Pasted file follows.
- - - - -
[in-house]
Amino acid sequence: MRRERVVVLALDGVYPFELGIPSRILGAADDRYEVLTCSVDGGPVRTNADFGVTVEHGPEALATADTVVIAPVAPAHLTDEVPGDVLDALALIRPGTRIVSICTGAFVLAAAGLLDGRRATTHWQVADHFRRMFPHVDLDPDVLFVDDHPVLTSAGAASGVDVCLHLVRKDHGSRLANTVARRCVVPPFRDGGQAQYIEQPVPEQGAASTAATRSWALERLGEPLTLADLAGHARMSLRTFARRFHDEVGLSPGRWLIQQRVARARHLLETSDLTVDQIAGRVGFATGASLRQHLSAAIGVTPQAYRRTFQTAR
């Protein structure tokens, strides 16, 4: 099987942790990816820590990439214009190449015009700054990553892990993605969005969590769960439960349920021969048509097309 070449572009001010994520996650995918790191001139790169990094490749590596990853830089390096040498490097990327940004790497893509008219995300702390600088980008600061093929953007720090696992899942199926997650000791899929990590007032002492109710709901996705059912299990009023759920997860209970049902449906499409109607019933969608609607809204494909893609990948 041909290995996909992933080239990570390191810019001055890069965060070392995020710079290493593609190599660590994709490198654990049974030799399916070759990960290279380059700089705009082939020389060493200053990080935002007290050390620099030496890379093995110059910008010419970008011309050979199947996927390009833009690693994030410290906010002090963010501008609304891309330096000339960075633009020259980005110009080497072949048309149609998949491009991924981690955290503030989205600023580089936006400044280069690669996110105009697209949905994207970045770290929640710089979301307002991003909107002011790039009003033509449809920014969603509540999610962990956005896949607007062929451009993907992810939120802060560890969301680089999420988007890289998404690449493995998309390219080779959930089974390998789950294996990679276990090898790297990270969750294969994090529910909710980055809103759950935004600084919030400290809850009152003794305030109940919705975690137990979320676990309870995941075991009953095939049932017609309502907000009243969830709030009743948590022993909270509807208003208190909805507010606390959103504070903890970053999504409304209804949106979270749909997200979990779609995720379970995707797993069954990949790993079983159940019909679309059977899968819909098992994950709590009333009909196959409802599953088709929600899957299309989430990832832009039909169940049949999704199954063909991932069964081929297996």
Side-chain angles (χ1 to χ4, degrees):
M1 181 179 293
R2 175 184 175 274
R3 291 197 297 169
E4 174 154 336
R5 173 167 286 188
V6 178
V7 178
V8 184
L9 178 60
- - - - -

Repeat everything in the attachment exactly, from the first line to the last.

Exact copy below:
[in-house]
Amino acid sequence: MRRERVVVLALDGVYPFELGIPSRILGAADDRYEVLTCSVDGGPVRTNADFGVTVEHGPEALATADTVVIAPVAPAHLTDEVPGDVLDALALIRPGTRIVSICTGAFVLAAAGLLDGRRATTHWQVADHFRRMFPHVDLDPDVLFVDDHPVLTSAGAASGVDVCLHLVRKDHGSRLANTVARRCVVPPFRDGGQAQYIEQPVPEQGAASTAATRSWALERLGEPLTLADLAGHARMSLRTFARRFHDEVGLSPGRWLIQQRVARARHLLETSDLTVDQIAGRVGFATGASLRQHLSAAIGVTPQAYRRTFQTAR
């Protein structure tokens, strides 16, 4: 099987942790990816820590990439214009190449015009700054990553892990993605969005969590769960439960349920021969048509097309 070449572009001010994520996650995918790191001139790169990094490749590596990853830089390096040498490097990327940004790497893509008219995300702390600088980008600061093929953007720090696992899942199926997650000791899929990590007032002492109710709901996705059912299990009023759920997860209970049902449906499409109607019933969608609607809204494909893609990948 041909290995996909992933080239990570390191810019001055890069965060070392995020710079290493593609190599660590994709490198654990049974030799399916070759990960290279380059700089705009082939020389060493200053990080935002007290050390620099030496890379093995110059910008010419970008011309050979199947996927390009833009690693994030410290906010002090963010501008609304891309330096000339960075633009020259980005110009080497072949048309149609998949491009991924981690955290503030989205600023580089936006400044280069690669996110105009697209949905994207970045770290929640710089979301307002991003909107002011790039009003033509449809920014969603509540999610962990956005896949607007062929451009993907992810939120802060560890969301680089999420988007890289998404690449493995998309390219080779959930089974390998789950294996990679276990090898790297990270969750294969994090529910909710980055809103759950935004600084919030400290809850009152003794305030109940919705975690137990979320676990309870995941075991009953095939049932017609309502907000009243969830709030009743948590022993909270509807208003208190909805507010606390959103504070903890970053999504409304209804949106979270749909997200979990779609995720379970995707797993069954990949790993079983159940019909679309059977899968819909098992994950709590009333009909196959409802599953088709929600899957299309989430990832832009039909169940049949999704199954063909991932069964081929297996």
Side-chain angles (χ1 to χ4, degrees):
M1 181 179 293
R2 175 184 175 274
R3 291 197 297 169
E4 174 154 336
R5 173 167 286 188
V6 178
V7 178
V8 184
L9 178 60